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  1. #41
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    Quote Originally Posted by Homeschooling4 View Post
    One of the many reasons I chose to homeschool.
    Do you think your kids get more 'bang for buck' by being home-schooled? Do they have access to any assessments to indicate where they stand developmentally/skills wise compared to other kids the same age?

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    VicPark, I don't compare my kids to others, they learn what they want when they want for as long (or as little) as they want. I don't need for them to take tests or have any assessments done to know they're learning. They are life learners and enjoy learning (often without even realising it). That's how unschooling (the type of homeschooling we are practicing) works.

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  4. #43
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    Quote Originally Posted by VicPark View Post
    Do you think your kids get more 'bang for buck' by being home-schooled? Do they have access to any assessments to indicate where they stand developmentally/skills wise compared to other kids the same age?
    I'm pretty sure that "officially" home schooled kids follow the curriculum, do assessments etc but "unschooling" kids are not enrolled/registered with any government educational authority whatsoever so no there wouldn't be checks and balances (other than the parent's opinion) on how they are faring compared to their peer group.

    Pretty big difference between unschooling and home schooling IMO!

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  6. #44
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    Default What are your thoughts about homework?

    "Officially" home schooling is completely different to unschooling.

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    Adoralicious  (23-08-2016),delirium  (23-08-2016),Homeschooling4  (23-08-2016)

  8. #45
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    There's plenty of homeschooled kids/families who don't test either. There's different varieties of home schooling. Some people unschool for some subjects but hsve a more traditional/school like approach to others (this is how we started out).

    Anyway, I'm sorry to hijack.. You want to know more use Google.

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    I don't really believe in homework either in some ways. I think children should be encouraged to read for half an hour each night, maybe maths games that can be played as a family and that's about it. When they're in seniour primary school I think doing homework such as doing projects etc is a good idea as it prepares them for high school where they get assignments.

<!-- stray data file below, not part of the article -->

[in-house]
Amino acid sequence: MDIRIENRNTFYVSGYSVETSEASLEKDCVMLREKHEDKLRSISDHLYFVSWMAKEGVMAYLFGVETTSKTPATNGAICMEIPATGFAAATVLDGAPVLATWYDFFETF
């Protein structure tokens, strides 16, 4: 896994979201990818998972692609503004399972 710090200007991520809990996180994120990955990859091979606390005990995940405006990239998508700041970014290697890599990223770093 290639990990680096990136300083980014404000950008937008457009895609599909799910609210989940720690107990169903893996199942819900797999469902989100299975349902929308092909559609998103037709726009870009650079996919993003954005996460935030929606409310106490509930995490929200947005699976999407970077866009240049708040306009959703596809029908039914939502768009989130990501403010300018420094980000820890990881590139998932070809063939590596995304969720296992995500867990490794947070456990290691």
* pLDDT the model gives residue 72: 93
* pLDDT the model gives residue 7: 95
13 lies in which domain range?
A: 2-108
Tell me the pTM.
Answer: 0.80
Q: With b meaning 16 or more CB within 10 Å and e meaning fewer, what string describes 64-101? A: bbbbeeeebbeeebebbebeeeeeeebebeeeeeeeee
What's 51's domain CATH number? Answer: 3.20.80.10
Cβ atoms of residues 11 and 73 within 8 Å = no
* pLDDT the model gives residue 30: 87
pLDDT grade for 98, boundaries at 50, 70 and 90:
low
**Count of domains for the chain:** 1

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    I'm not a fan at all of standardised testing, but even countries like Finland assess their students, but it's done in class by their teacher throughout the year. There has to be a way of measuring they are learning something. Personally I think homeschooling and unschooling is ridiculously under regulated and a child being able to count the letters on a sign or plant a tomato plant proves nothing if it's not assessed in a methodical way by a professional who actually knows how to do that.

    But I digress lol

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  12. #48
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    Quote Originally Posted by Homeschooling4 View Post
    There's plenty of homeschooled kids/families who don't test either.
    I "test" my students very rarely but I "assess" them constantly. I believe it is an important distinction to make. I am also twice as likely to test before I teach a concept than I am after as it's a quick way to get a snapshot into learning gaps and what learning experiences are needed.

    As for homework, I only support from the perspective that sometimes it pushes the parents to actively involve themselves with their child's learning. Whatever schooling option you choose, the parents' potential value as a teacher of their own child should not be downplayed. As parents, we are all our child's first and most important teacher, that shouldn't stop once they go to school.

    There have been times when I have written a note that DD won't be doing her homework if I cannot see any benefit to it. She works hard at school and is a self motivated learner. Skipping pointless, repetitive homework tasks will not have a negative impact on her learning. Her new school does homework how I would as a teacher if I wasn't dictated to by the school council policy where I teach. She just has to read free choice texts 4 nights a week and occasionally gets a bit of project work. It leaves time and room for after school activities, busy weekends etc. If they don't read they stay in one playtime to read.

    The vocal parent population where I teach strongly support homework and I get emails from a few regularly asking for more/additional tasks. I have to send home weekly maths, spelling and levelled nightly readers. I reward homework done but don't punish if it's not done.

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  14. #49
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    ImageUploadedByThe Bub Hub1471952002.479892.jpg

    Seems as though the research on the potential lack of benefits of homework is catching on. I quite like the wording used here

  15. #50
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    Quote Originally Posted by bel2466 View Post
    Attachment 83774

    Seems as though the research on the potential lack of benefits of homework is catching on. I quite like the wording used here
    I'm curious to read it but the text is too small


 

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